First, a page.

WE ARE THE DEAD is now at 107,000 words. I've got all the characters in one city and they have 12 hours to make stuff happen. I don't fancy their chances for all of them to make it to the next book but I have no idea who will and who won't. That to me is the fun of writing, discovering the story as I go along. However, I have planned this book a lot better than I have with my previous ones and the writing has been easier because of it. I should have it finished five months after I started so really good going for me.
I'm excited about it. Of course I need to read through and edit. I write in Scrivenir so I'll be bale to easily read each character's story separately so I can ensure tone of voice is the same and I'm not being repetitive.
Then it's off to my old agent who wants to have a look first...
The book is just under 100,000 words. I had originally thought it would be 120,000 in total and I think I'll be close to that in the end. I've been clocking in 2,000 words a day which is a lot for me but I'm excited to get that first draft done. I'm getting good vibes about the book from various people who've heard about it or read some of it so fingers crossed...
I've been slow at updating this blog because I've been busy working on the new book. Lots of progress has been made. I'm not at 89,000 words. I originally thought the book would be about 120,000 words long but it may well be a bit more than that. I was also hoping to finish it by the end of the month but again that might not be possible. I'm having good days writing but (according to Scrivener) I need to clock in about 1800 words a day to do that and that's a lot for me.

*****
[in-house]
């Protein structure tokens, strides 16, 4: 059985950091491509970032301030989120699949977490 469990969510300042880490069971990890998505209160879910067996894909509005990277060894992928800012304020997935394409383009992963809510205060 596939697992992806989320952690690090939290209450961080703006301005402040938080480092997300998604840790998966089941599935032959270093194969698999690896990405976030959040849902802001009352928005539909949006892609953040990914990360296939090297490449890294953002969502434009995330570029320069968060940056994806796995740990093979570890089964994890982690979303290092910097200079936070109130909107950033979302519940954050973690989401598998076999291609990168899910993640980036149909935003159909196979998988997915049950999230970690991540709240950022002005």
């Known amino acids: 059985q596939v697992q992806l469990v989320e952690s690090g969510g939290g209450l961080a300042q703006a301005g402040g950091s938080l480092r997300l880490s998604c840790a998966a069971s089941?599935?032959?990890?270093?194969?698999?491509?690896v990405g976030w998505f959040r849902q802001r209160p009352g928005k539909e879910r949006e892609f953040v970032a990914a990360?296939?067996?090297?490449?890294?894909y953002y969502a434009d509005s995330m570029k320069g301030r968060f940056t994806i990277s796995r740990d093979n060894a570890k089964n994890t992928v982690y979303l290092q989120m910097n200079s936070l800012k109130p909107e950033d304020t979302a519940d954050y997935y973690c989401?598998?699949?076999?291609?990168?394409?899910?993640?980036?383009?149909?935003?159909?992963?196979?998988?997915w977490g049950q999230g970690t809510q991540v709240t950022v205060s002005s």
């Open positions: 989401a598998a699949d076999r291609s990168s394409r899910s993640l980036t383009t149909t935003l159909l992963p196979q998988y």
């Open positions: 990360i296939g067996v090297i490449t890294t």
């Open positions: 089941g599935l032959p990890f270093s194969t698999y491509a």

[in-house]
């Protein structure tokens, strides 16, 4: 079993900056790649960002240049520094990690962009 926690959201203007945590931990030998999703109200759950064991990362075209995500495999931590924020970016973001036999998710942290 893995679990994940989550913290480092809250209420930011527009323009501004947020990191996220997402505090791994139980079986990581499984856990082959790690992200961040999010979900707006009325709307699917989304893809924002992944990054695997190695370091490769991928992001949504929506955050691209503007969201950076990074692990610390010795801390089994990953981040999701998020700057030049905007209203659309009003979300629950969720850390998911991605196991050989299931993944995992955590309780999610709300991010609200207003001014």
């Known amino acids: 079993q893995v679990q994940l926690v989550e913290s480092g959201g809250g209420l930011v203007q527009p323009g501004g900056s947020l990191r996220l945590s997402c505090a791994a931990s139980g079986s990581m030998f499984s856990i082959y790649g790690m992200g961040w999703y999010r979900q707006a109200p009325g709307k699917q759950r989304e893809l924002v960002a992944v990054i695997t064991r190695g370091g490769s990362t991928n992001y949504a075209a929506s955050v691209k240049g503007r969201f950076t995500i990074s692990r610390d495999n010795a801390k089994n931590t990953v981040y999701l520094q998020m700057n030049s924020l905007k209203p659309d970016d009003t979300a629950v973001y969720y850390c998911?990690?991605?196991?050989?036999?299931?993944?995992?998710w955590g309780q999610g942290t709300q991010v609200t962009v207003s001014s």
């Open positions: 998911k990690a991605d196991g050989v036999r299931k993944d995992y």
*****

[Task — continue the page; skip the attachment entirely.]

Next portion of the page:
The Emirates Festival of Literature was taking place here over the last few weekends here in Dubai. They had so many good authors giving talks and workshops. I attended a talk by Kathy Reichs of Bones fame, Frank Gardner, and Simon Scarrow (with a surprisingly small audience).
I also attended a thriller writing workshop by Eric Van Lustbader - a massive thrill for me because he was probably the first adult author that I fell in love reading when I was in my early teens. I got my dog-eared copies of his Sunset Warrior trilogy signed. He talked about structure and how important that is to thrillers. I've always struggled planning books but I think that's because I didn't really understand the mechanics behind good structure. With the new book, I've used ideas from John Yorke's Into The Woods to plan with and it was so much easier (and made the book better). With Eric's comments too, I've been tweaking things slightly as well.
The next day I went to a workshop with Eric's wife, Victoria Lustbader. Her talk was called From Idea To Submission. In retrospect, it was a bit too much to cover in 2 hours but again, it was so useful and set the old mind bombs off.
Finally, I had a fifteen minute session with Jonathon Lloyd, Chairman of uber agents, Curtis Brown. I'd sent him the first chapter of the new book to read and had my "pitch" all ready. I was apprehensive because I'd heard he was a bit of a tough cookie but I needn't have worried. He was super-complimentary of my writing and did my ego no end of good. He did say unfortunately he didn't rep fantasy so he couldn't help me more than that but, to be honest, that was more than enough.
Like any creative, I have ups and downs about my work. I can love the book I'm writing one minute and want to give up the next. Experience has told me to enjoy the highs and work through the lows. But compliments of any kind are always welcome.